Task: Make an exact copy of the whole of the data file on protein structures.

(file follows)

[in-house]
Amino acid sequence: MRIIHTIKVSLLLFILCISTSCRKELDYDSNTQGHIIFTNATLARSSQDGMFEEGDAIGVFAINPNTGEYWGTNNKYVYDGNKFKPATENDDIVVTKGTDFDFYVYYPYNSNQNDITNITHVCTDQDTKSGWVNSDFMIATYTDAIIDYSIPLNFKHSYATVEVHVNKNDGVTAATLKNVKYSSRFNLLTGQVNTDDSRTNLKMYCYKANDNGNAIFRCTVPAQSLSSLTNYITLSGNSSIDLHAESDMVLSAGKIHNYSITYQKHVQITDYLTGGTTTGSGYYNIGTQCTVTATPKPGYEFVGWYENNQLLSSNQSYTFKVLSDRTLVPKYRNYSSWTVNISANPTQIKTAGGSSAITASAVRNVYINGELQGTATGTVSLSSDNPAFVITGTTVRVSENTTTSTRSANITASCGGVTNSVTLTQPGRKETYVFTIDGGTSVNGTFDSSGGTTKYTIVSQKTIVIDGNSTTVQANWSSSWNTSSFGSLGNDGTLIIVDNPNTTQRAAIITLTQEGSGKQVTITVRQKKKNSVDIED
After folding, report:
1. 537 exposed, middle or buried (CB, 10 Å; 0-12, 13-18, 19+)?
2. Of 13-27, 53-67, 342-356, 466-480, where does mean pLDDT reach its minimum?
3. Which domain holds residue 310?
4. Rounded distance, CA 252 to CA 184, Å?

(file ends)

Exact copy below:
[in-house]
Amino acid sequence: MRIIHTIKVSLLLFILCISTSCRKELDYDSNTQGHIIFTNATLARSSQDGMFEEGDAIGVFAINPNTGEYWGTNNKYVYDGNKFKPATENDDIVVTKGTDFDFYVYYPYNSNQNDITNITHVCTDQDTKSGWVNSDFMIATYTDAIIDYSIPLNFKHSYATVEVHVNKNDGVTAATLKNVKYSSRFNLLTGQVNTDDSRTNLKMYCYKANDNGNAIFRCTVPAQSLSSLTNYITLSGNSSIDLHAESDMVLSAGKIHNYSITYQKHVQITDYLTGGTTTGSGYYNIGTQCTVTATPKPGYEFVGWYENNQLLSSNQSYTFKVLSDRTLVPKYRNYSSWTVNISANPTQIKTAGGSSAITASAVRNVYINGELQGTATGTVSLSSDNPAFVITGTTVRVSENTTTSTRSANITASCGGVTNSVTLTQPGRKETYVFTIDGGTSVNGTFDSSGGTTKYTIVSQKTIVIDGNSTTVQANWSSSWNTSSFGSLGNDGTLIIVDNPNTTQRAAIITLTQEGSGKQVTITVRQKKKNSVDIED
After folding, report:
1. 537 exposed, middle or buried (CB, 10 Å; 0-12, 13-18, 19+)?
2. Of 13-27, 53-67, 342-356, 466-480, where does mean pLDDT reach its minimum?
3. Which domain holds residue 310?
4. Rounded distance, CA 252 to CA 184, Å?